However, according to the APPEA 2011-12 Health, Safety and Environment Report, the total recordable injury rate in Australia is still more than two and a half times that of members of the International Oil and Gas Producers Association.
So how can we improve this? The key lies in an additional method used to identify and classify risk within oil and gas operations, using “˜big data’.
Tapping big data
Larger oil and gas operations, such as LNG production facilities, are relatively complex to run.
Various control systems are required to control the well-flows, manage the liquefaction, track storage, and load the product onto ships.
All of these control systems continuously produce data, storing flow rates, the state of valves and other production information.
Besides the control systems, a typical operator has numerous additional computer systems for managing work.
Integrated safe system of work programs, production planning and optimisation, integrity management, asset maintenance, workforce scheduling and integrated logistics are just a few of the business functions that use a control system, along with health and safety mandated work processes and procedures, the tracking of job hazard assessments, incidents and near-misses and risk management performance.
Finally, an operator has access to a number of external sources of information, such as the Bureau of Meteorology, that provide insight into the conditions under which work is performed.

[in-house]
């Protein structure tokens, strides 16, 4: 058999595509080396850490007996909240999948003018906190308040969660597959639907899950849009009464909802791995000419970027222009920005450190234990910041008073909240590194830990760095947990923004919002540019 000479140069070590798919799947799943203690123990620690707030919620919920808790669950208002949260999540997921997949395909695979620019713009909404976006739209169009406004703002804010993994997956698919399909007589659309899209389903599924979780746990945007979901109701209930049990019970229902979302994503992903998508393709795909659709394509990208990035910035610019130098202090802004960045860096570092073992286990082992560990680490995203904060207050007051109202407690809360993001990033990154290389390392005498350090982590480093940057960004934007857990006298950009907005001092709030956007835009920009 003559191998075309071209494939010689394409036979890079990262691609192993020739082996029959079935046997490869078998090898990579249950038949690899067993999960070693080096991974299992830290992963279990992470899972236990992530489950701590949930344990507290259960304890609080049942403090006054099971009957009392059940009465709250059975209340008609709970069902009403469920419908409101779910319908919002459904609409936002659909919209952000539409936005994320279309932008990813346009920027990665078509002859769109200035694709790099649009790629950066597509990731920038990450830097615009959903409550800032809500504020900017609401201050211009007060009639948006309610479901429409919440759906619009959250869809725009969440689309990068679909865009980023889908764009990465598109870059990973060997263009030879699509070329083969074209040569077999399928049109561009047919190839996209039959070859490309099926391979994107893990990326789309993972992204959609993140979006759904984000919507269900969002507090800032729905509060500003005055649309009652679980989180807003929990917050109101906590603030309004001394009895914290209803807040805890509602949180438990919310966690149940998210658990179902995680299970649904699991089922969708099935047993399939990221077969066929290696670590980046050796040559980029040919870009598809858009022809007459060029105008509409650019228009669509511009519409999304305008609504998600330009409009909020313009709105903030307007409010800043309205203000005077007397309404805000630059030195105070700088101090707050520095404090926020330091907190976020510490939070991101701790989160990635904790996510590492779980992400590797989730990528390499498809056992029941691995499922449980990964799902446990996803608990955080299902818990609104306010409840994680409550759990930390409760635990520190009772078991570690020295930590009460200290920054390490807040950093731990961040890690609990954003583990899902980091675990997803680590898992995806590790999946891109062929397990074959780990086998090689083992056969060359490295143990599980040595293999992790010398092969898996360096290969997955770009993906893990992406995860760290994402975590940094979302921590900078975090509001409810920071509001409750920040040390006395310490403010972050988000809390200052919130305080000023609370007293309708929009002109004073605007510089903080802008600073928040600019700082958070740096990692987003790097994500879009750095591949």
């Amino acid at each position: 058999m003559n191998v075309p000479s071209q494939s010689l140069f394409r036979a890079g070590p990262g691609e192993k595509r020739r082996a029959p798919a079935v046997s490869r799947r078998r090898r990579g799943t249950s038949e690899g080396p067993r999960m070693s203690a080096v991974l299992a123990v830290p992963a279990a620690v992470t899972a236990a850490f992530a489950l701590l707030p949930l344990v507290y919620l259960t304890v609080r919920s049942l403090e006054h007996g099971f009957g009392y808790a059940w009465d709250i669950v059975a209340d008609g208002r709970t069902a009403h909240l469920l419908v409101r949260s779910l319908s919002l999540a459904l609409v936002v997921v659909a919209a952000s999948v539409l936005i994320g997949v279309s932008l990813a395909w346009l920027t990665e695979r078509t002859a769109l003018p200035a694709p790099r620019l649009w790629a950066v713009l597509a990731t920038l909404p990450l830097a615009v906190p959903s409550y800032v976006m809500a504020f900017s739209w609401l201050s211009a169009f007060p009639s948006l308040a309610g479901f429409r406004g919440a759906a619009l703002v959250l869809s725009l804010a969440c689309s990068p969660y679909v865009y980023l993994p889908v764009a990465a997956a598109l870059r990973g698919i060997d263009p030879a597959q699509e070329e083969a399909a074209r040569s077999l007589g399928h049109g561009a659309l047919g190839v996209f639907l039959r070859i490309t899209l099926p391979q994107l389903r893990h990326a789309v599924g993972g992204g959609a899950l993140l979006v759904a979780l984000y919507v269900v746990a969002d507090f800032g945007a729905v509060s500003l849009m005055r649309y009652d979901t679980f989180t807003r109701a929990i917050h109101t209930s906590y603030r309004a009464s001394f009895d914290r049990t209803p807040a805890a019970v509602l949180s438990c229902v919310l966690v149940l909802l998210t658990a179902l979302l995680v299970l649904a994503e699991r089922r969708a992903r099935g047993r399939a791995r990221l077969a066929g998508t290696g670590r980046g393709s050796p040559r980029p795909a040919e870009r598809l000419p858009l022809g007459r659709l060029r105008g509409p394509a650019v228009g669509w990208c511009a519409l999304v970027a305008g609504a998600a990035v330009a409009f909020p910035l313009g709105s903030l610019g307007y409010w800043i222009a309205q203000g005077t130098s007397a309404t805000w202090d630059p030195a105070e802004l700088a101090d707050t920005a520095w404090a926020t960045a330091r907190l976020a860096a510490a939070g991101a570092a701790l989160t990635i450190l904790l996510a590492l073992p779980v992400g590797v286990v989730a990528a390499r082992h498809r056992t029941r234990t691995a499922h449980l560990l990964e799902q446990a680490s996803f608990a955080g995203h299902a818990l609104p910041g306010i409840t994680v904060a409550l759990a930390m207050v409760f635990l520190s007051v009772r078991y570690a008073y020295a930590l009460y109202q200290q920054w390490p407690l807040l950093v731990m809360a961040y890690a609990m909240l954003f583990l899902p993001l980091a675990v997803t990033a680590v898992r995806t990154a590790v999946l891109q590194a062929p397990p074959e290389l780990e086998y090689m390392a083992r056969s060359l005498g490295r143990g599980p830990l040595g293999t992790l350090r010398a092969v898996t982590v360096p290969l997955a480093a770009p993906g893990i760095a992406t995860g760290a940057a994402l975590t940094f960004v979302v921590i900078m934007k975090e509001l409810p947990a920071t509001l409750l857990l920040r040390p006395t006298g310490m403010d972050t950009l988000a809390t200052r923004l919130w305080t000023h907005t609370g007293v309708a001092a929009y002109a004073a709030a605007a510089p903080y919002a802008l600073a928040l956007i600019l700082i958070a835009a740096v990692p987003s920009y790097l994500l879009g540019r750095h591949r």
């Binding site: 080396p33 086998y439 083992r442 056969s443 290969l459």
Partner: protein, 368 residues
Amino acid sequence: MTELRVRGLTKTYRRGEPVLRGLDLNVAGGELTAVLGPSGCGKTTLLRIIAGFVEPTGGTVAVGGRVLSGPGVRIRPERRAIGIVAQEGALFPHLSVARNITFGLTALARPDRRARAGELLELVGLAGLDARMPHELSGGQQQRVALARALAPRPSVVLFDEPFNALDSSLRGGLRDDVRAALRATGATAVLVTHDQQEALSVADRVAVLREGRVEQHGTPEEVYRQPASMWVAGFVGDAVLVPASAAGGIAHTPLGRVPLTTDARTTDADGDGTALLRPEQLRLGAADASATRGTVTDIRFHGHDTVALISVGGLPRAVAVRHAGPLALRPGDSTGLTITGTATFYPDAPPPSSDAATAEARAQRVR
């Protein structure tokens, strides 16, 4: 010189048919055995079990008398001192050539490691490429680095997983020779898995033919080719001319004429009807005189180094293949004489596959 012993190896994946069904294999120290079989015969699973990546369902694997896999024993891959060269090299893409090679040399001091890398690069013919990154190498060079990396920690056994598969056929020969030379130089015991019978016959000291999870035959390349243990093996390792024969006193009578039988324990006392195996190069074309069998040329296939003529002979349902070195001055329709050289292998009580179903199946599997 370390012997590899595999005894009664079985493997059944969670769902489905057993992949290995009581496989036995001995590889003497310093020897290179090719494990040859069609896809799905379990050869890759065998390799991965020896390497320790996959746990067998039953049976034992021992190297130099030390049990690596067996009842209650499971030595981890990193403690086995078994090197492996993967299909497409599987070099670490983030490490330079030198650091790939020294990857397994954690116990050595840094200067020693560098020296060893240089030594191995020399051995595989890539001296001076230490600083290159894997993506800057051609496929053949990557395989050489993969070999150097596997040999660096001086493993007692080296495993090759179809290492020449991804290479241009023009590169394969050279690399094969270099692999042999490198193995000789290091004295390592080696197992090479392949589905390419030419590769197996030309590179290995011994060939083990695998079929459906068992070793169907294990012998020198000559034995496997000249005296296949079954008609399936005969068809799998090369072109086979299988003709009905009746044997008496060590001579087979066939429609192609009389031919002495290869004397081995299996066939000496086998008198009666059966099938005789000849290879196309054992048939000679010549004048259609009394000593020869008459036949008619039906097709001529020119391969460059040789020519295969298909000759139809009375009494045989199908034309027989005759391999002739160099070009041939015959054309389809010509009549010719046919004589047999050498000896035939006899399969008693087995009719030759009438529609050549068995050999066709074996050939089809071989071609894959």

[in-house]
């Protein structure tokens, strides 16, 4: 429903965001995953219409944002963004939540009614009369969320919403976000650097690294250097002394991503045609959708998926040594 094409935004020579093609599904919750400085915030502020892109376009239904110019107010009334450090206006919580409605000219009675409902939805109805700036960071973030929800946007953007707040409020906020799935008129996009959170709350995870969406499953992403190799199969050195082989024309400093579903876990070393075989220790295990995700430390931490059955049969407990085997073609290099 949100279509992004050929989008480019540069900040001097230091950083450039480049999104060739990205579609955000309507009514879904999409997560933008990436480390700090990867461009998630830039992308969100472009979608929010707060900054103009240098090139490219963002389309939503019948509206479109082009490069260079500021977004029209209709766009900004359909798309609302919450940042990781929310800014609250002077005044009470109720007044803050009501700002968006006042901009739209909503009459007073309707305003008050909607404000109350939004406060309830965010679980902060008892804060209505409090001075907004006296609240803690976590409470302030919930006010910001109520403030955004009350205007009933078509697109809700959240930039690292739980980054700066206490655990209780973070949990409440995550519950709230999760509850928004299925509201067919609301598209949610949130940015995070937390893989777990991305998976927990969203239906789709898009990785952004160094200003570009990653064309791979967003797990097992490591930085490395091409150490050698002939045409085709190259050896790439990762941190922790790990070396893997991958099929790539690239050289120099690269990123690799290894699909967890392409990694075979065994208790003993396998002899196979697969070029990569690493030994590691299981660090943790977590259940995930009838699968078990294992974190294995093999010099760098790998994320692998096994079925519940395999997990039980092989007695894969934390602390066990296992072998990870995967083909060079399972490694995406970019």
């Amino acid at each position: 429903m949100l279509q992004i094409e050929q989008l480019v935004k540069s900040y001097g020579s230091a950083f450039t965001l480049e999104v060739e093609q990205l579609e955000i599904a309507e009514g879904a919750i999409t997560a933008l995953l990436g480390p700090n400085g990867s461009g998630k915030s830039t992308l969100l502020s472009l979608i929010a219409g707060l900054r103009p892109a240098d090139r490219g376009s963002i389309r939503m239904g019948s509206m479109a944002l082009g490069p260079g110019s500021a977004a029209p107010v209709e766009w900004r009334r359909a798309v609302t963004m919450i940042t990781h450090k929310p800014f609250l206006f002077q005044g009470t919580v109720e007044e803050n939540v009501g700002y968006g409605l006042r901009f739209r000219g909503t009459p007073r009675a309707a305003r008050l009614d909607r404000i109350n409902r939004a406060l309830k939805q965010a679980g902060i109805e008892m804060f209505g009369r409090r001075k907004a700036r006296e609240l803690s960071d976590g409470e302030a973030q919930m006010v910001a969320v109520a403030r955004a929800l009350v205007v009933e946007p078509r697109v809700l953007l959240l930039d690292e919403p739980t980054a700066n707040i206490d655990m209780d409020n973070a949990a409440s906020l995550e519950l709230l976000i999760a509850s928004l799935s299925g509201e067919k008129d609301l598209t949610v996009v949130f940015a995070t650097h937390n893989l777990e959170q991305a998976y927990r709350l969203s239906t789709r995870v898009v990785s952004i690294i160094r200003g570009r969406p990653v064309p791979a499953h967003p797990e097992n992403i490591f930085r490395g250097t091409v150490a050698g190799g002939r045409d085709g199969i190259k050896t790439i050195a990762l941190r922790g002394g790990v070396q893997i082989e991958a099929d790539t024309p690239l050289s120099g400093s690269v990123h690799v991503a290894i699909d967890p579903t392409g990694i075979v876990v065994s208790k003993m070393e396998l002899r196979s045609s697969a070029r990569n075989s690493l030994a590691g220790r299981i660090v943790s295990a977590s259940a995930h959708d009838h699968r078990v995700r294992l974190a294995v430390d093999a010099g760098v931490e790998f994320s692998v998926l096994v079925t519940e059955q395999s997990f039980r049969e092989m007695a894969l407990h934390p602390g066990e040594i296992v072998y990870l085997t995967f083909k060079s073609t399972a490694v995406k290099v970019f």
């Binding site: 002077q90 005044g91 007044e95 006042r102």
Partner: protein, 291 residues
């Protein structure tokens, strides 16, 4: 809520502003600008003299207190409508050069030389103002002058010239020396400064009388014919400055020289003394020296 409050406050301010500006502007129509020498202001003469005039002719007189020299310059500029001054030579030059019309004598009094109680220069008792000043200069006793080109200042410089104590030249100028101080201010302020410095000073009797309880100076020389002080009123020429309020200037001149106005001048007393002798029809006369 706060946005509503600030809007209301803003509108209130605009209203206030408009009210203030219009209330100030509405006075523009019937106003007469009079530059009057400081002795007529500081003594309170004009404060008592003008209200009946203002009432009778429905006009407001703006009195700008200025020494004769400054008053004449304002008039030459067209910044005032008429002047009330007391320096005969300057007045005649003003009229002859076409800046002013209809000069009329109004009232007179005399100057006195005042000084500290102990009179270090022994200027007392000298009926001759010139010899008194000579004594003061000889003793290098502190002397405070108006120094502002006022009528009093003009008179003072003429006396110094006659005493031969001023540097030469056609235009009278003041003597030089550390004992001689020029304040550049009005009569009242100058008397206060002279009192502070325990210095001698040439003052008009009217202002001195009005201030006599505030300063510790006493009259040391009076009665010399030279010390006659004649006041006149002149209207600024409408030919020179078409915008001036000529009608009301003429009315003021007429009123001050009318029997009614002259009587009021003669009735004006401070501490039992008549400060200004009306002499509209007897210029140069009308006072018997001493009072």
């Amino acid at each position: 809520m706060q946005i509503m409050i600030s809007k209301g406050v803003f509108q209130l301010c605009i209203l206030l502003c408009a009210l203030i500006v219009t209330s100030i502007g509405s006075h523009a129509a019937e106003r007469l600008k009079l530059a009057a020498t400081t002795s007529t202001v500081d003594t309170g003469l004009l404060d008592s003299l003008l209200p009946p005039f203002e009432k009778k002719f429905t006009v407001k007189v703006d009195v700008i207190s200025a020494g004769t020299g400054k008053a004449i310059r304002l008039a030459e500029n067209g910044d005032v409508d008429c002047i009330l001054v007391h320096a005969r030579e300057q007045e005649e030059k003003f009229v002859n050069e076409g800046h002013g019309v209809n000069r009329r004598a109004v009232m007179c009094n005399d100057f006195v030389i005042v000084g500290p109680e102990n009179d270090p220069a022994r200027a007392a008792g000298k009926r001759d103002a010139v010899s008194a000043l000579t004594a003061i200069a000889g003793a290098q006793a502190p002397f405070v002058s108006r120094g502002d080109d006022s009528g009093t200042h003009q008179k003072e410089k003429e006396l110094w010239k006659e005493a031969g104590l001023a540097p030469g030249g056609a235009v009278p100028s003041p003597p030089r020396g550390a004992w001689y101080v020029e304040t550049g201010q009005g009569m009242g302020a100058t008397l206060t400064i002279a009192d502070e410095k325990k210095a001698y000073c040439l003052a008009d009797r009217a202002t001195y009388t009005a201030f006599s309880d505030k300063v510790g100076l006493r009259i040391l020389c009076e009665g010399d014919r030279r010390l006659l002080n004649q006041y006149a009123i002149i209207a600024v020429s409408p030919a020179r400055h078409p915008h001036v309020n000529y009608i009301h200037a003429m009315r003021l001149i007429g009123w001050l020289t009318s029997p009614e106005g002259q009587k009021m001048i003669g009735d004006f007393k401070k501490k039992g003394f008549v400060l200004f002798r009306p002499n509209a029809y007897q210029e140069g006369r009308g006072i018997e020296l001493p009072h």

Meanwhile, the above-mentioned systems and external sources produce a vast amount of data.
This data lives locked away in disparate databases, only used by the systems that produce it.
However, in recent years, IT technology has evolved to the point that large volumes of various data sources can be aggregated into in-memory data stores – the first step toward enabling analysis of complex data sets.
Identifying the risk
Aggregated big data in itself enables various parts of the business to query and analyse its performance and address problem areas and bottlenecks.
This type of analysis works well on challenges and problems where it knows what to look for.
Where challenges are not known, the circumstances and leading indicators can make the difference between good and bad situations.
For these types of problems, a big data store can be used to let the data “˜speak for itself’, using automated statistical tools to identify and classify the leading indicators.